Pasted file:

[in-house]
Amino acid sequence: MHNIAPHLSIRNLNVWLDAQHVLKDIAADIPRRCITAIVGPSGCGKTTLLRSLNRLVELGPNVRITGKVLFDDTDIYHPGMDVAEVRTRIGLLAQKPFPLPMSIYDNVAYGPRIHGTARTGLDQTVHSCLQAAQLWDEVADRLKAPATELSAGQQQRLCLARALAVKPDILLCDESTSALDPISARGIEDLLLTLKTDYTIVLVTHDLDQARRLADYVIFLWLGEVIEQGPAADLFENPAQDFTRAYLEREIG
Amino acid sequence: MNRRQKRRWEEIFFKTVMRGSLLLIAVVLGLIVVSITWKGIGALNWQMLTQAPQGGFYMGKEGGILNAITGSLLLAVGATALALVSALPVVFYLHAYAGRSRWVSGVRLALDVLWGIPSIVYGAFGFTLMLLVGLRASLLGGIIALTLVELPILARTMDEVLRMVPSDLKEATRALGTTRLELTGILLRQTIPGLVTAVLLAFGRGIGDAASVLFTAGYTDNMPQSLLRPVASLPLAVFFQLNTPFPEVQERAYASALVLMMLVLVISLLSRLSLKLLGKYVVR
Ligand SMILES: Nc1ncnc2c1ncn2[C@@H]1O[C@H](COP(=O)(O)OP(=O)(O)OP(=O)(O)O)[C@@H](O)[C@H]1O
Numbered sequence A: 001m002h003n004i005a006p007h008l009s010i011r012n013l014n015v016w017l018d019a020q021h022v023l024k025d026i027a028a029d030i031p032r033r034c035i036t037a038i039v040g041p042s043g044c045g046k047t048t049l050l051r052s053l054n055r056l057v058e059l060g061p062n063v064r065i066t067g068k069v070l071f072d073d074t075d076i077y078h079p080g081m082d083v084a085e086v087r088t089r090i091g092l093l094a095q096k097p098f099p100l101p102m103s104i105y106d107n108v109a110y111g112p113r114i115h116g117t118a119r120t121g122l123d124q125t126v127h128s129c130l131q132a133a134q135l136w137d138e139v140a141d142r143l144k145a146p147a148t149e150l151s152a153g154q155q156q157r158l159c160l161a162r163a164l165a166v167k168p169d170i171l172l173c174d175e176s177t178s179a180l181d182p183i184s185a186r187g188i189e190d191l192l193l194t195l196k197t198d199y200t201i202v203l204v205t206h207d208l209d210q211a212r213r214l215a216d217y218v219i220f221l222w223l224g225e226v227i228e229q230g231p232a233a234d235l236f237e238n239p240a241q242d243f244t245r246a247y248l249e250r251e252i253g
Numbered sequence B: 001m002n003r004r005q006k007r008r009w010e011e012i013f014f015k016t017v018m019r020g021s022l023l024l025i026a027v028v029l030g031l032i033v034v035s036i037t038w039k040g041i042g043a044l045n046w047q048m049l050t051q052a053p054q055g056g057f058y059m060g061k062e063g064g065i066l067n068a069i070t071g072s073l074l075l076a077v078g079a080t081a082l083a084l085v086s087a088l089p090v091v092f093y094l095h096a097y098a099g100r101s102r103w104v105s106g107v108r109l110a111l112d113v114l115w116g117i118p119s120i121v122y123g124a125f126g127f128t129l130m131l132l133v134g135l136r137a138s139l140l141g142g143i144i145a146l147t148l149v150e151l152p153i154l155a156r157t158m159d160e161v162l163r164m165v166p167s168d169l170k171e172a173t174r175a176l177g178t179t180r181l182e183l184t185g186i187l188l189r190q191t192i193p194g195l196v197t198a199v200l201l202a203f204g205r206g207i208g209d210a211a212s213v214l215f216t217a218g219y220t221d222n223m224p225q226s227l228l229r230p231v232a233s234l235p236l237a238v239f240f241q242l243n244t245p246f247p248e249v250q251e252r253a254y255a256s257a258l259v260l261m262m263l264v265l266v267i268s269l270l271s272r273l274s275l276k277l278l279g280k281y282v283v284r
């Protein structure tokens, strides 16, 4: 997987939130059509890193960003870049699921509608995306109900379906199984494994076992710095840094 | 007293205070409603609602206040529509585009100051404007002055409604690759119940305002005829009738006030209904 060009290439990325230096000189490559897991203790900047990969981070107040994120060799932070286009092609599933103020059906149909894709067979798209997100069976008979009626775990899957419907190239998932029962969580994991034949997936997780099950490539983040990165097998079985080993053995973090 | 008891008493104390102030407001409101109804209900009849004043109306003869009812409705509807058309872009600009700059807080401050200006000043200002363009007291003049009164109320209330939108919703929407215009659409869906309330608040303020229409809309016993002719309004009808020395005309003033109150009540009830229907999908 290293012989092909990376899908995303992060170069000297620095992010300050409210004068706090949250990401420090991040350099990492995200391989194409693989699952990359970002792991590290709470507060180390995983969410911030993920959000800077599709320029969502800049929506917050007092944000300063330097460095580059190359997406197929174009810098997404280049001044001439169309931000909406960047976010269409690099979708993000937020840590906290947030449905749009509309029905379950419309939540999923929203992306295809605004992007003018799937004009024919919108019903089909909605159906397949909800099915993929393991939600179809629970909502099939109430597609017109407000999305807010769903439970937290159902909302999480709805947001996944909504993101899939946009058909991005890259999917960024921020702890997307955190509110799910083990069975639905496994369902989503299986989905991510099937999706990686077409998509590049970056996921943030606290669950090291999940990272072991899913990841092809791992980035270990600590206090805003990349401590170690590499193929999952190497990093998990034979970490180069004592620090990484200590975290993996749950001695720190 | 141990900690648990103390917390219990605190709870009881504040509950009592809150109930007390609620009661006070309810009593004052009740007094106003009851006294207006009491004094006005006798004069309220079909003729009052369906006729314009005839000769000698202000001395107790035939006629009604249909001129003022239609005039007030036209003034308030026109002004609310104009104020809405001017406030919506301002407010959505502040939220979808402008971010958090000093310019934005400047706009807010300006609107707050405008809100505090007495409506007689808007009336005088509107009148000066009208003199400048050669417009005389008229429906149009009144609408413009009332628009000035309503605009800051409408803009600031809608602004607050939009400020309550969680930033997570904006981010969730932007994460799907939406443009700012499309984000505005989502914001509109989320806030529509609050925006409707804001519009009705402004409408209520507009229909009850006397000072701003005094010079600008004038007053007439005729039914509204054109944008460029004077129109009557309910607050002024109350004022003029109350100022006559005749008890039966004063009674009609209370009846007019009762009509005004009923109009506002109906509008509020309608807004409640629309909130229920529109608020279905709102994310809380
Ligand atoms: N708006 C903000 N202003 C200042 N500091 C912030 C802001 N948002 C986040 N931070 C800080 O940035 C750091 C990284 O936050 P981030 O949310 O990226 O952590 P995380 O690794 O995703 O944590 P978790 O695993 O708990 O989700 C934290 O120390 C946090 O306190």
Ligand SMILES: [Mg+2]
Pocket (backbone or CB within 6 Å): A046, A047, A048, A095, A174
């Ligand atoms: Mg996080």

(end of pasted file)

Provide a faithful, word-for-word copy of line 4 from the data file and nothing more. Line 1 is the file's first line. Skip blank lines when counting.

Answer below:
Ligand SMILES: Nc1ncnc2c1ncn2[C@@H]1O[C@H](COP(=O)(O)OP(=O)(O)OP(=O)(O)O)[C@@H](O)[C@H]1O